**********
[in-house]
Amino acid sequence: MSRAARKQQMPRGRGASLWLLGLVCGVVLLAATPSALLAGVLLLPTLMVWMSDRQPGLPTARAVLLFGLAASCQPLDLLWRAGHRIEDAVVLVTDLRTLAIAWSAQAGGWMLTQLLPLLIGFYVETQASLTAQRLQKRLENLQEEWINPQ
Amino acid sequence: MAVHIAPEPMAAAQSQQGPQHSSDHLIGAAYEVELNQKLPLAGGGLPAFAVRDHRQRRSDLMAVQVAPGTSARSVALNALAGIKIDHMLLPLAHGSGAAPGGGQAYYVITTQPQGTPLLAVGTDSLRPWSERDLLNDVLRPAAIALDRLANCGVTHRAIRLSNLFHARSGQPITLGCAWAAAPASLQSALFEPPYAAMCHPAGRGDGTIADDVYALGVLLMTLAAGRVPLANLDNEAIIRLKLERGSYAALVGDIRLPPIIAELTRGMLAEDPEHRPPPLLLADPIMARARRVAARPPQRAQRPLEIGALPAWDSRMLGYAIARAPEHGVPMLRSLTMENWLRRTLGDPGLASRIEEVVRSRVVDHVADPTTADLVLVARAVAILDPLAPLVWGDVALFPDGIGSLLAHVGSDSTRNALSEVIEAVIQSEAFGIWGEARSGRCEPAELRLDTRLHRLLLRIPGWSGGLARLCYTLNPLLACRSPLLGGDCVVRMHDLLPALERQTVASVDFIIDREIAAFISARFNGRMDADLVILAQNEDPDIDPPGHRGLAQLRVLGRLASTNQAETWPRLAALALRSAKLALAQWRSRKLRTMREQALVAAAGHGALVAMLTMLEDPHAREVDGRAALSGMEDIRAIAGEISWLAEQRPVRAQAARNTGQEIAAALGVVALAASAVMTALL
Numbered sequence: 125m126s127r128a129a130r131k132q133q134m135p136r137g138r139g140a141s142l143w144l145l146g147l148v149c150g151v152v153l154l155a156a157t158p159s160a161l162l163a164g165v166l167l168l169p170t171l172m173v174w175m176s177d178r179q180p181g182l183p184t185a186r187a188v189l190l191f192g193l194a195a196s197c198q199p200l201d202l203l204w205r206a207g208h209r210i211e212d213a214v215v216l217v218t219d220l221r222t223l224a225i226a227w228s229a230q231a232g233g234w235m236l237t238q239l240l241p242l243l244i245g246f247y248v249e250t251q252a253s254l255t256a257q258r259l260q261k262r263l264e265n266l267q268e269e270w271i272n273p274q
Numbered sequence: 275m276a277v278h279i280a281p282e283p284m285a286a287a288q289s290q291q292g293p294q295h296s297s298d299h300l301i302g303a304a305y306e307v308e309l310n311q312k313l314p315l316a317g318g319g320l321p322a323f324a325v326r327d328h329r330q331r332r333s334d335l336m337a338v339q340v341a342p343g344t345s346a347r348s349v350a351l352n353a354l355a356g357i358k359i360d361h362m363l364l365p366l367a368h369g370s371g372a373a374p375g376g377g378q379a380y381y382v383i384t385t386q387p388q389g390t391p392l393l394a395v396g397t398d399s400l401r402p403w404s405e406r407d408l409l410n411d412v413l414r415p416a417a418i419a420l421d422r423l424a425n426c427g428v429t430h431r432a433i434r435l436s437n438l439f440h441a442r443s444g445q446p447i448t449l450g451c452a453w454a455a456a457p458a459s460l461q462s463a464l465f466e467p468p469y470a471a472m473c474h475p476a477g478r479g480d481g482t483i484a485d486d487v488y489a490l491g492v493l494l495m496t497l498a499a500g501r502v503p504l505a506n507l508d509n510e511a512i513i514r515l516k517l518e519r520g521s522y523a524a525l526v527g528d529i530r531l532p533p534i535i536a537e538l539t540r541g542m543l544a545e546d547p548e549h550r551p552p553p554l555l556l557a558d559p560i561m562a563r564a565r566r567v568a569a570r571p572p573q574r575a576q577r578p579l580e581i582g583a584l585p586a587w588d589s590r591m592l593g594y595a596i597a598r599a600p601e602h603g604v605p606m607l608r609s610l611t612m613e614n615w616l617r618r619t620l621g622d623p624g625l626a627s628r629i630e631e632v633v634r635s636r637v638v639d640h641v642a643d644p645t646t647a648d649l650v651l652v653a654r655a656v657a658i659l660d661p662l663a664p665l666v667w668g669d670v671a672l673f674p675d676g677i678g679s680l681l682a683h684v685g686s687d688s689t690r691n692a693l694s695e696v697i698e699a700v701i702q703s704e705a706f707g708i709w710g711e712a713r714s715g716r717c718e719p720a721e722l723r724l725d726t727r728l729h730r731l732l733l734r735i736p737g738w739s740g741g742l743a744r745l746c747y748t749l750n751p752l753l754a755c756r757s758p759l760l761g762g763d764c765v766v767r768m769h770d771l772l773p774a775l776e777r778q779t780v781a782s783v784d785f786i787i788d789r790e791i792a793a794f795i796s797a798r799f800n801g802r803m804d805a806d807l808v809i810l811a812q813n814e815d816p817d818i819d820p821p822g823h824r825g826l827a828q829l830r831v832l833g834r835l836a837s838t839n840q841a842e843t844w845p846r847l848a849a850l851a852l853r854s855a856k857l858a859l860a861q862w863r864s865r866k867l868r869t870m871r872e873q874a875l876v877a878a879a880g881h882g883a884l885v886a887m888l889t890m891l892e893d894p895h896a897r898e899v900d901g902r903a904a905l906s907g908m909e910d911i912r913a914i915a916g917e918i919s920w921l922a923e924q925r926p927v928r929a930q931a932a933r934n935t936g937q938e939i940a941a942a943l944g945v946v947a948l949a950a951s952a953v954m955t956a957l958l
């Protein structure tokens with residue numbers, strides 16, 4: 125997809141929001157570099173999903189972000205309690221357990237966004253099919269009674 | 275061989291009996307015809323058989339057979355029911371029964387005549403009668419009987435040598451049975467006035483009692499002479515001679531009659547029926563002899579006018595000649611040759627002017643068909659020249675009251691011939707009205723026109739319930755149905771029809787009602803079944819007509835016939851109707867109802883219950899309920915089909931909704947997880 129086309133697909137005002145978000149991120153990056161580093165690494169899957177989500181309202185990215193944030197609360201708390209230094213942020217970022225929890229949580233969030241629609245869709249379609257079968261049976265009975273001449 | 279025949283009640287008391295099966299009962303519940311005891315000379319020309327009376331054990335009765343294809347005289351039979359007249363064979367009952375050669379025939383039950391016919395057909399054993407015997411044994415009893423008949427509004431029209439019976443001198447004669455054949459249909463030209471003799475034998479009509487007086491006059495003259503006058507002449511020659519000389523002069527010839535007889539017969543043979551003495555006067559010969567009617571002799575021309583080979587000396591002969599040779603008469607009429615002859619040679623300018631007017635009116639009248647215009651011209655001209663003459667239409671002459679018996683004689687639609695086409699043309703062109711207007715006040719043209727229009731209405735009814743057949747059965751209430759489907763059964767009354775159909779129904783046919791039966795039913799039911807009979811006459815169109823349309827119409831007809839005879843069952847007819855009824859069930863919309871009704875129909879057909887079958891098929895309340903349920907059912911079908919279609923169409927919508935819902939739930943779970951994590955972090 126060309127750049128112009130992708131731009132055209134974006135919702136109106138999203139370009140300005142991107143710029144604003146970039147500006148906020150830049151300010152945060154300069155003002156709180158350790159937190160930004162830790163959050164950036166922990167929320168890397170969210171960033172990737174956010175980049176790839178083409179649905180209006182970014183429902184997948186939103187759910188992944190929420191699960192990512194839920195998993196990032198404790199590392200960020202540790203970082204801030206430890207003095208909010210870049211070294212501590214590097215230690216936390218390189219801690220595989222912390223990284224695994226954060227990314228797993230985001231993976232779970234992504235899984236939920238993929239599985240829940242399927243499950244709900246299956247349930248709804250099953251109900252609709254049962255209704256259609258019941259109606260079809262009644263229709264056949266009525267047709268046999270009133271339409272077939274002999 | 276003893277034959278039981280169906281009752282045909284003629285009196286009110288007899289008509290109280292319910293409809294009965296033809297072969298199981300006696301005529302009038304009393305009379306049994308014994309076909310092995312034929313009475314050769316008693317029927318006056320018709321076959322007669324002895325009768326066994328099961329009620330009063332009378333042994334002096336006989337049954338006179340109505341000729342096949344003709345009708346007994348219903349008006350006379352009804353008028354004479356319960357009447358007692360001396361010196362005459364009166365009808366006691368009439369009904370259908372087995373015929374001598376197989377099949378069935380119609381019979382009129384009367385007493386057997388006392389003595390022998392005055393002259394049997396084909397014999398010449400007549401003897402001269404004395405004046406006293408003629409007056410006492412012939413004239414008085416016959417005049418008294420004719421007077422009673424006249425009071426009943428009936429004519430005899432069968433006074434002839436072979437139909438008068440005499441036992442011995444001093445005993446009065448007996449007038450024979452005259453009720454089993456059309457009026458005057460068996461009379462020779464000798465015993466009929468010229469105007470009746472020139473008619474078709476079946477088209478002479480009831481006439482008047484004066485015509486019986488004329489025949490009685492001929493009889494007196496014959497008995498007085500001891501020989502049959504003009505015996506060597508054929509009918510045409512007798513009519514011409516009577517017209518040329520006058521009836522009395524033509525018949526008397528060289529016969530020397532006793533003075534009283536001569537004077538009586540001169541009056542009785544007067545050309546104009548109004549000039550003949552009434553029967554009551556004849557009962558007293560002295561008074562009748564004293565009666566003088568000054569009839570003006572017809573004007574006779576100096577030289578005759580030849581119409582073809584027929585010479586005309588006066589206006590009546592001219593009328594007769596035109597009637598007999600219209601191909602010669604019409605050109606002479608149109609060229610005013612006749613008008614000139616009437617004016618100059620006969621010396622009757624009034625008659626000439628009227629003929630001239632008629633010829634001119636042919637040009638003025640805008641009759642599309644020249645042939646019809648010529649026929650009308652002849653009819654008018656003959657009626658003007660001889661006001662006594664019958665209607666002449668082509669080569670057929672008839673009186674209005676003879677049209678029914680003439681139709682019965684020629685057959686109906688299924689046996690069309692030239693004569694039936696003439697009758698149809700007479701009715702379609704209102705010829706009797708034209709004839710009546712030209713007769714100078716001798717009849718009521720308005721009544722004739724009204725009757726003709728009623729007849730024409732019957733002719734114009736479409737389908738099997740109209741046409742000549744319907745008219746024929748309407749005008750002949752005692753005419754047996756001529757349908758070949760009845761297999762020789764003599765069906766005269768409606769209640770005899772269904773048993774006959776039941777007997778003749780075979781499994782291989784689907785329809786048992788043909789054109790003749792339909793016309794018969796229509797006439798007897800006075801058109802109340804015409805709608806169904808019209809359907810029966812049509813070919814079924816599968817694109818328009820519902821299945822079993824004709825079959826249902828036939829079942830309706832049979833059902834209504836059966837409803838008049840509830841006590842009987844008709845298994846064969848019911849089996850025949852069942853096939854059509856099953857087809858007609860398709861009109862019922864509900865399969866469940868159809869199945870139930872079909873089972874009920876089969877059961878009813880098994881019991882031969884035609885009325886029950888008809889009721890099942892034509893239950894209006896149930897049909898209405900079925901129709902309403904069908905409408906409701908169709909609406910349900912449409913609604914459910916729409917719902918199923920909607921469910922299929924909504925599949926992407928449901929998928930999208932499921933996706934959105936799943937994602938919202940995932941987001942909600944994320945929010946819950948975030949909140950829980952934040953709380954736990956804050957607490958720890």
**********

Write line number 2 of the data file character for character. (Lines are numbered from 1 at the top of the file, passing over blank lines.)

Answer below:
Amino acid sequence: MSRAARKQQMPRGRGASLWLLGLVCGVVLLAATPSALLAGVLLLPTLMVWMSDRQPGLPTARAVLLFGLAASCQPLDLLWRAGHRIEDAVVLVTDLRTLAIAWSAQAGGWMLTQLLPLLIGFYVETQASLTAQRLQKRLENLQEEWINPQ